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Hidden figures: the true story of four Black women and the space race
Margot Lee Shetterly with Winifred Conkling; illustrated by Laura Freeman
QA27.5 .S548 2018

Explores the previously uncelebrated but pivotal contributions of NASA’s African American women mathematicians to America’s space program, describing how Jim Crow laws segregated them despite their groundbreaking successes. Includes biographies on Dorothy Jackson Vaughan (1910-2008), Mary Winston Jackson (1921-2005), Katherine Colman Goble Johnson (1918- ), Dr. Christine Mann Darden (1942- ).
Katherine, Dorothy, Mary, and Christine were all good at math. Really good. And it was their understanding of numbers that helped them do what seemed impossible. They were women, and they were African-American, and they lived during a time when being black and a woman limited what they could do. But Katherine, Dorothy, Mary, and Christine were hardworking and persistent and, most important, smart. And that’s why NASA hired them to do the math that would one day send the United States into space for the very first time. New York Times bestselling author Margot Lee Shetterly and illustrator Laura Freeman bring to life the inspiring story of the struggles of these four “hidden figures” and what they overcame to succeed. The math work they did would change not only their own lives, but the face of air and space travel forever.

On the playground: our first talk about prejudice
Dr. Jillian Roberts; illustrations by Jane Heinrichs
HM1091 .R63 2019

On the Playground: Our First Talk About Prejudice focuses on introducing children to the complex topic of prejudice. Crafted around a narrative between a grade-school-aged child and an adult, this inquiry-focused book will help children shape their understanding of diversity so they are better prepared to understand, and question, prejudice witnessed around them in their day-to-day lives and in the media. Dr. Jillian Roberts discusses types of discrimination children notice, what prejudice means, why it’s not okay, how to stand up against it and how kids can spread a message of inclusion and acceptance in the world around them.

Featured new resources for the month of December.  Click on the book cover or title to take you to the UBC Library catalogue record for the item.

200+ original and adapted story program activities
Rob Reid
Z718.3 .R435 2018

From master storyteller and storytimes creator Reid comes this delightful assortment of activities ready for use by children’s librarians, elementary-level media specialists, and early childhood instructors. Reid’s bountiful compendium of his “greatest hits” includes original and adapted fingerplays, poems, activities involving movement and music, participation stories, felt stories, imagination exercises, spoonerism stories, and library raps. With ideas that are perfect for mixing and matching according to audience, setting, and program length, this book:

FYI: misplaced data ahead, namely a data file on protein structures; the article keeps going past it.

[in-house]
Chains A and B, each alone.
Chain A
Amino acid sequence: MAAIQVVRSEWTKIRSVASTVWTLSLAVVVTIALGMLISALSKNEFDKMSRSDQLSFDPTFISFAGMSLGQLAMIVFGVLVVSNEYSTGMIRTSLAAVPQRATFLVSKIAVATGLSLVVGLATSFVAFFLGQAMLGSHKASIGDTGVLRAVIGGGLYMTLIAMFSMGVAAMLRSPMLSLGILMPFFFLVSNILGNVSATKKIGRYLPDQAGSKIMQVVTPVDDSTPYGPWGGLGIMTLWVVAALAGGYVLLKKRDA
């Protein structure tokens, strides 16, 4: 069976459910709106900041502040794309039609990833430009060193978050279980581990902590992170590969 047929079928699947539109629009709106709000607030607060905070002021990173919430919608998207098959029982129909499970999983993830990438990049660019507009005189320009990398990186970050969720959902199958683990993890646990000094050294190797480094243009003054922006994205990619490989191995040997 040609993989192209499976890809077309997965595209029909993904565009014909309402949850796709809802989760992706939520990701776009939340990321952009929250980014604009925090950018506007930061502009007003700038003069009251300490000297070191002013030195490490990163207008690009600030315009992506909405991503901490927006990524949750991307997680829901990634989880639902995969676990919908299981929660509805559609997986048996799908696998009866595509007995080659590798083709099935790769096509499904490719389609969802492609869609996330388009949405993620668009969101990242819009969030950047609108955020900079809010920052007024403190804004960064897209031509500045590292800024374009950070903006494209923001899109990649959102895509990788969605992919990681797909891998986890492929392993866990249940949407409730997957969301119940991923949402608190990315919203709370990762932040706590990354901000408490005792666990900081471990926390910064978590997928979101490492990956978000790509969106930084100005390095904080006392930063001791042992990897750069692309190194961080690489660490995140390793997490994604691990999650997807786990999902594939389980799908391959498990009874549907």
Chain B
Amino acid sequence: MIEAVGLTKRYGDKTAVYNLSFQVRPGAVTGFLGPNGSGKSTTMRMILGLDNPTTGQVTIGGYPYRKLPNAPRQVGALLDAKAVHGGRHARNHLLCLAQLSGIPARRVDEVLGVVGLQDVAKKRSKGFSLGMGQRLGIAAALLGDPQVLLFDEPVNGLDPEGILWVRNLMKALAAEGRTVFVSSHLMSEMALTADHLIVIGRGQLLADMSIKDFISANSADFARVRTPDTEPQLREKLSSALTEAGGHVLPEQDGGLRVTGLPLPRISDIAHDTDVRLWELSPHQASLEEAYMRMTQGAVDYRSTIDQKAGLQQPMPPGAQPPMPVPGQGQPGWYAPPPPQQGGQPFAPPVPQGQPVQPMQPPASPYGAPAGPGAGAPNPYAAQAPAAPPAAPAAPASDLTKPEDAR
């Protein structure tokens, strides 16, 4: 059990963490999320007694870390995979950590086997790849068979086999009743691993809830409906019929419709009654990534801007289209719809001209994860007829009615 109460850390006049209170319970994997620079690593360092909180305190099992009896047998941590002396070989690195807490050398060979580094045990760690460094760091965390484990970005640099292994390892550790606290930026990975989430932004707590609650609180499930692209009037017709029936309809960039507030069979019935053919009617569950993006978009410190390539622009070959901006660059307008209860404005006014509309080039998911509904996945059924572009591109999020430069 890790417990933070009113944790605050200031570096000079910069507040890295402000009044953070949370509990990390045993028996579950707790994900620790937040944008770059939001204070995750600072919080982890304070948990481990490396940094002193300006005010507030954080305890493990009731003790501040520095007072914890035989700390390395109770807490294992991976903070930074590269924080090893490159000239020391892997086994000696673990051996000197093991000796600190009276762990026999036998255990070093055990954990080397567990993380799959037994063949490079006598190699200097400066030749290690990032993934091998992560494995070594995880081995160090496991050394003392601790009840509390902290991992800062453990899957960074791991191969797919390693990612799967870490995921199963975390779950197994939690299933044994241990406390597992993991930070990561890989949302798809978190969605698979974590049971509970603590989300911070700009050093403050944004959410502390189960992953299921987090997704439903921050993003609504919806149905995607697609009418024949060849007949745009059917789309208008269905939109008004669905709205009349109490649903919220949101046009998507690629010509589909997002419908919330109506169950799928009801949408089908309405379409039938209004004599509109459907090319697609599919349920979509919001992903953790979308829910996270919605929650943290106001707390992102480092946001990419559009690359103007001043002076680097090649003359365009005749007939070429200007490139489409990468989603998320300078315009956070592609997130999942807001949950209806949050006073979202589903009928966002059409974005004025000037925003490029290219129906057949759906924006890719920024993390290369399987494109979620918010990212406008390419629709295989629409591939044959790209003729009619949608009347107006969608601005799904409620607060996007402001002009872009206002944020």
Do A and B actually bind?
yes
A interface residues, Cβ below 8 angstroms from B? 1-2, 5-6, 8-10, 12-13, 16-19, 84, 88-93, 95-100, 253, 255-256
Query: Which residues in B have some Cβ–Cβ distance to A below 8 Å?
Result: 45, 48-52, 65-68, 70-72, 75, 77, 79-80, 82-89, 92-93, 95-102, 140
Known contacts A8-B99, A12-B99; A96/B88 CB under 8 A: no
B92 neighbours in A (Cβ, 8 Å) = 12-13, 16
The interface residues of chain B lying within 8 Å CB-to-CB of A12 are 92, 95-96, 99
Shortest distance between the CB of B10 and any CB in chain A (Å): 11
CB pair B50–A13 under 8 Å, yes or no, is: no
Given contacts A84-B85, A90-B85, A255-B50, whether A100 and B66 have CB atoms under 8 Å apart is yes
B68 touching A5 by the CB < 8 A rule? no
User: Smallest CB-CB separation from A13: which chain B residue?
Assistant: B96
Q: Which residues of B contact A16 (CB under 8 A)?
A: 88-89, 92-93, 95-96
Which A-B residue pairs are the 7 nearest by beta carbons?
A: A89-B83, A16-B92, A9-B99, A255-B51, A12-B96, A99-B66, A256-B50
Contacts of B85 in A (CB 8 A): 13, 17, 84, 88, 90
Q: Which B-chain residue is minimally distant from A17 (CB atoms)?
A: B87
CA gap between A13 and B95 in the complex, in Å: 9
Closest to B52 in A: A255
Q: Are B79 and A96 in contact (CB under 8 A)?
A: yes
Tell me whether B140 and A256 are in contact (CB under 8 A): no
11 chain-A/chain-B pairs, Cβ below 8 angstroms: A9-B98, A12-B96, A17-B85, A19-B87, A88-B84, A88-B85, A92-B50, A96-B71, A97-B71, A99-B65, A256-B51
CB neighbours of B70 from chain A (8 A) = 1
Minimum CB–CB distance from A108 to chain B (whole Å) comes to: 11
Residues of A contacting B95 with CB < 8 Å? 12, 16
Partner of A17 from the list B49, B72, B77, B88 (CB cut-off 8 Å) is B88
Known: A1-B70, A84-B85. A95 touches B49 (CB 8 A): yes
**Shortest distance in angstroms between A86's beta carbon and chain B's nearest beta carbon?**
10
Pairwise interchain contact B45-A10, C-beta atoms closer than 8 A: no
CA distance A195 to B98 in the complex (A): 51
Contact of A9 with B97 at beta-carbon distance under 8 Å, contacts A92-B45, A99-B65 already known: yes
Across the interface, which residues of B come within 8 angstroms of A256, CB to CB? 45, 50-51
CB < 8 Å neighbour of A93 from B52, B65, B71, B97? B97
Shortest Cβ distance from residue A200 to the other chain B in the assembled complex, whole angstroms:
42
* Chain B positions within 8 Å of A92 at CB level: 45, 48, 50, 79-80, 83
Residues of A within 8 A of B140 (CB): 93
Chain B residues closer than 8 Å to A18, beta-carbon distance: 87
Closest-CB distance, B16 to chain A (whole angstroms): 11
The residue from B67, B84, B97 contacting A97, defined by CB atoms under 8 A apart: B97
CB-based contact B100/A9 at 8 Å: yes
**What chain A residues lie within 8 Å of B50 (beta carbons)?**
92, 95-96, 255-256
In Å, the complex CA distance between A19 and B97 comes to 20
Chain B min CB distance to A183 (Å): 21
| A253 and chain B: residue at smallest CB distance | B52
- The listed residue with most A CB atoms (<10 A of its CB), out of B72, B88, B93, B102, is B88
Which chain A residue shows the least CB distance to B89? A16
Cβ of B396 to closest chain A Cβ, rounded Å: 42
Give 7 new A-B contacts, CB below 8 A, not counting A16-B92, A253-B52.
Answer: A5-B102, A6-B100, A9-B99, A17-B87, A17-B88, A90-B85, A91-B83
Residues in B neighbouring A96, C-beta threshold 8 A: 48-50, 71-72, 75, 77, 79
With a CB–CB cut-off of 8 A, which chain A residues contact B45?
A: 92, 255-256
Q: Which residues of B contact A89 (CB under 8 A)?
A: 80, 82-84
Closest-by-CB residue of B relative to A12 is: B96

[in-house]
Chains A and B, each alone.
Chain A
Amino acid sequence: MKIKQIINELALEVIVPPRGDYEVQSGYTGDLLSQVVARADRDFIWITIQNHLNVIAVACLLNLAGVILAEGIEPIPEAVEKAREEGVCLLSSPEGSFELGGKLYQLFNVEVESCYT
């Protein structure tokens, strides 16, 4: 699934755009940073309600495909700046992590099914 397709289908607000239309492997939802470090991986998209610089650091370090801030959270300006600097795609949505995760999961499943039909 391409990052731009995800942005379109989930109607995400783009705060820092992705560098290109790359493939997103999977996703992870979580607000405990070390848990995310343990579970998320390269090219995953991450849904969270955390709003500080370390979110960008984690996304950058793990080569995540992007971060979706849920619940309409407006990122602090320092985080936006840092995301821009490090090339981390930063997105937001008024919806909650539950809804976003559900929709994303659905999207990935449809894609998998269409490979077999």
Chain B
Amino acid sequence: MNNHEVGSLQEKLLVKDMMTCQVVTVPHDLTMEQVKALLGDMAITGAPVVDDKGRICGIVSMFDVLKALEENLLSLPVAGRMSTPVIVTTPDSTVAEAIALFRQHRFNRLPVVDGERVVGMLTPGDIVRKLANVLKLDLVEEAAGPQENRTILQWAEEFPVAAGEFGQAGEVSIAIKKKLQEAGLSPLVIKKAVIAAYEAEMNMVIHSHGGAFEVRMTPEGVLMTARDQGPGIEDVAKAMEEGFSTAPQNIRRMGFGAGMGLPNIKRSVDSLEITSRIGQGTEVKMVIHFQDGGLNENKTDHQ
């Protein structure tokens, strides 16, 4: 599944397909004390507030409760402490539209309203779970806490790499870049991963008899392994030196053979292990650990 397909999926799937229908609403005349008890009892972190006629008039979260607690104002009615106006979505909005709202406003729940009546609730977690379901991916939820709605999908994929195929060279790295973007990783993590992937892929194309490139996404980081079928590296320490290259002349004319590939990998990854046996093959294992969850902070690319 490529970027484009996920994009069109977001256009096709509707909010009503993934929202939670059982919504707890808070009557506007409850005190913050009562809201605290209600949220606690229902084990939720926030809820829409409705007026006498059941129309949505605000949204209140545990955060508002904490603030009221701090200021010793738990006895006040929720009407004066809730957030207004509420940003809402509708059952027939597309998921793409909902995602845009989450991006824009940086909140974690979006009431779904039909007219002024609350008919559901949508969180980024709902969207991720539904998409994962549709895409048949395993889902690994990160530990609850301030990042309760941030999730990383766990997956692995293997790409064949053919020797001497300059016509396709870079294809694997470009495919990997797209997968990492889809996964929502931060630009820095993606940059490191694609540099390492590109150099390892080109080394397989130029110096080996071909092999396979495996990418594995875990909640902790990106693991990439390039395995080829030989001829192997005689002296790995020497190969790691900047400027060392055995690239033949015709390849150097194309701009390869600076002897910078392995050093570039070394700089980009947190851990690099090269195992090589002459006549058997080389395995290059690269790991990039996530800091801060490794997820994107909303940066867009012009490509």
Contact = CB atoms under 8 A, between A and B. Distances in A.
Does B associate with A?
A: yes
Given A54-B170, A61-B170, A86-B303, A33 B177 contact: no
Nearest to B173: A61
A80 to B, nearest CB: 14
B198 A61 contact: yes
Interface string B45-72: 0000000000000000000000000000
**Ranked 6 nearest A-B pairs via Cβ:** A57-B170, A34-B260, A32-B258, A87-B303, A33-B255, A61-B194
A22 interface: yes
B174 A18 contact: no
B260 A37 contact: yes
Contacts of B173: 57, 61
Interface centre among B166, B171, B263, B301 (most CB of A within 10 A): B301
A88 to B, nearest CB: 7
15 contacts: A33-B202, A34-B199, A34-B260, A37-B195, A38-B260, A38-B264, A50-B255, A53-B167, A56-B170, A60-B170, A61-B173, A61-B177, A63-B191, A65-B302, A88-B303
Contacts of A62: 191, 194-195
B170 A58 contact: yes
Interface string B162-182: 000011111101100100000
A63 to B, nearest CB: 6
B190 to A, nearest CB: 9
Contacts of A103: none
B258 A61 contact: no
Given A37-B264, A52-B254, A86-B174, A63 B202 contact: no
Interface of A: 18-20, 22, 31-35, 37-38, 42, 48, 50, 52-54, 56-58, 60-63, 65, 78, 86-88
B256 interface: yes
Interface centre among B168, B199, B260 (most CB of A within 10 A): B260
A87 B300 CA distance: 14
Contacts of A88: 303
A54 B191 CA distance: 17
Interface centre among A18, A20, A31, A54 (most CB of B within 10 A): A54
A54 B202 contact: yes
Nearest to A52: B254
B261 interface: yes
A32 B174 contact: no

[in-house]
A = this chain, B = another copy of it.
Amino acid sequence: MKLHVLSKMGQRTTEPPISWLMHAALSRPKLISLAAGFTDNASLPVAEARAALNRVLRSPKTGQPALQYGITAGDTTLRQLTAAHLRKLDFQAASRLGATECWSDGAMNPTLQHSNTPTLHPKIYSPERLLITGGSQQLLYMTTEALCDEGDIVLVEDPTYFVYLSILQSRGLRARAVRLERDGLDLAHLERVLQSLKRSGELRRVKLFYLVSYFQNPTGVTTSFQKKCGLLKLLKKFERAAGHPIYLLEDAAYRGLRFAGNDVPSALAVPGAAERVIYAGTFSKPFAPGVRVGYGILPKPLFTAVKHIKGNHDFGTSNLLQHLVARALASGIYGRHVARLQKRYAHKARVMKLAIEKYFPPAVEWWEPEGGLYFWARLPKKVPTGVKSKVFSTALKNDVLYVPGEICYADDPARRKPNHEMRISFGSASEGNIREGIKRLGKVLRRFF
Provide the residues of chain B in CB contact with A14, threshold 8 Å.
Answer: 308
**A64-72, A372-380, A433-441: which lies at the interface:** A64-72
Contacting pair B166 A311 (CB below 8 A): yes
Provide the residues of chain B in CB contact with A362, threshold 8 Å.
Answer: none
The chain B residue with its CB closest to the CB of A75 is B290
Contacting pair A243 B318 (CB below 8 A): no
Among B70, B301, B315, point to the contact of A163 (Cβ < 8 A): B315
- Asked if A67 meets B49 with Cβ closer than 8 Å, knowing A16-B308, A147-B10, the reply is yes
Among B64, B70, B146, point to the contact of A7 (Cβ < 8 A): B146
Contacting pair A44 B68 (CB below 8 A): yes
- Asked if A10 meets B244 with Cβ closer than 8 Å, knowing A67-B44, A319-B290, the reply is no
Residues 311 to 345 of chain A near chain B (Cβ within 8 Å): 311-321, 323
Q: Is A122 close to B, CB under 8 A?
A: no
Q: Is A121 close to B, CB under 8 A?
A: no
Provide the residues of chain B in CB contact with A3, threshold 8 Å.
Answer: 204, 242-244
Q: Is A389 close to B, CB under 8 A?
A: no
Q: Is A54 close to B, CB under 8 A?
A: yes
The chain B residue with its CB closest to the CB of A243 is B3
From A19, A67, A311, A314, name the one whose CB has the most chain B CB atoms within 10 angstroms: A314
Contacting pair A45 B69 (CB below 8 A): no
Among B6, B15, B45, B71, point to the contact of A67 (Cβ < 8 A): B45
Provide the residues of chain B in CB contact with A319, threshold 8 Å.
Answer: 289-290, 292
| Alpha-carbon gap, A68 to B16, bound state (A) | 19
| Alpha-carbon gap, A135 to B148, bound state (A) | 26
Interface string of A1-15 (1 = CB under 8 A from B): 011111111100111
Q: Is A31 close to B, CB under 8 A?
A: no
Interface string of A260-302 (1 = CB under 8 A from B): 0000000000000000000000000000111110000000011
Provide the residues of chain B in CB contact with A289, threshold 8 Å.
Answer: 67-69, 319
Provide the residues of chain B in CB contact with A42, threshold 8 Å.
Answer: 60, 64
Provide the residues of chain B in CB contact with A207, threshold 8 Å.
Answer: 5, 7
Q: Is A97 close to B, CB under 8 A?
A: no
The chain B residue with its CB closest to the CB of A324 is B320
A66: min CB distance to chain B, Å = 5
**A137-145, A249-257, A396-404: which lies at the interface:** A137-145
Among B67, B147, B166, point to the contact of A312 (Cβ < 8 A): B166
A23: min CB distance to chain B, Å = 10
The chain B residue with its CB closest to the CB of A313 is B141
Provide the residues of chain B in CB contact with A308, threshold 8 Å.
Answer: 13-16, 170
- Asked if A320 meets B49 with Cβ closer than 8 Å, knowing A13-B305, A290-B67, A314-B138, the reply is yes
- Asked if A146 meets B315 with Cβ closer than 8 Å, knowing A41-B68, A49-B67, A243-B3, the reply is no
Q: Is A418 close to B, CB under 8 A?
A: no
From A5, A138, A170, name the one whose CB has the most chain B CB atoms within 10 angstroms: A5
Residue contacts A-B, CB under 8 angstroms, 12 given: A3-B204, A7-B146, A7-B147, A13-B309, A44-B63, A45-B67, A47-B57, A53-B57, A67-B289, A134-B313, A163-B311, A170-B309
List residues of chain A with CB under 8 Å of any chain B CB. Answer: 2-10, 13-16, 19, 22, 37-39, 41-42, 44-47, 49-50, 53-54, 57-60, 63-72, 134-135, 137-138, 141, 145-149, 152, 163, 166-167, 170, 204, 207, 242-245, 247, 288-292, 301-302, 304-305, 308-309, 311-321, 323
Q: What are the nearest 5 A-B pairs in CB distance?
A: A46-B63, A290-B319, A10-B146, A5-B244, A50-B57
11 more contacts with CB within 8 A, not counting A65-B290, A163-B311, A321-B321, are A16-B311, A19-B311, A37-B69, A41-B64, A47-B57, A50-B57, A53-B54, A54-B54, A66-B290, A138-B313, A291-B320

• offers activities suitable for a variety of ages, from children as young as preschool age through middle school students;
  • begins with “Hello Activities” and ends with “Goodbye Activities”;
  • includes categories such as “The Animal World,” “My World,” “More Fun,” and “The Literary World”; and
  • recommends picture books published between 2012 and 2017 to share with children immediately before or after presenting the activity.

Drawn from thousands of hours of programming, these time-tested activities will engage young ones as well as their parents and caregivers.

Teaching for mastery
Mark McCourt
LB1025.3 .M347 2019

There are many models of schooling; some work, some don’t. Mastery is an entire model of schooling with over 100 years of provenance, its impact has been researched for decades, with many of the world’s greatest education minds testing and refining the approach. It’s one of the models of schooling that actually works. In this book, Mark McCourt examines the history of a teaching for mastery approach, from its early beginnings to the modern day when cognitive scientists have been able to bring further evidence to the debate, demonstrating why a model that was first proposed in the 1910s has the incredible impact on both pupil attainment and attitudes to learning that it has had all around the world over many decades. Drawing on examples from cross disciplines, the story of mastery is one that all educators can engage with. Mark also draws on his own subject, mathematics, to further exemplify the approach and to give practical examples of pedagogies and didactics that teachers can deploy immediately in their own classroom.
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Literacy for the 21st century: a balanced approach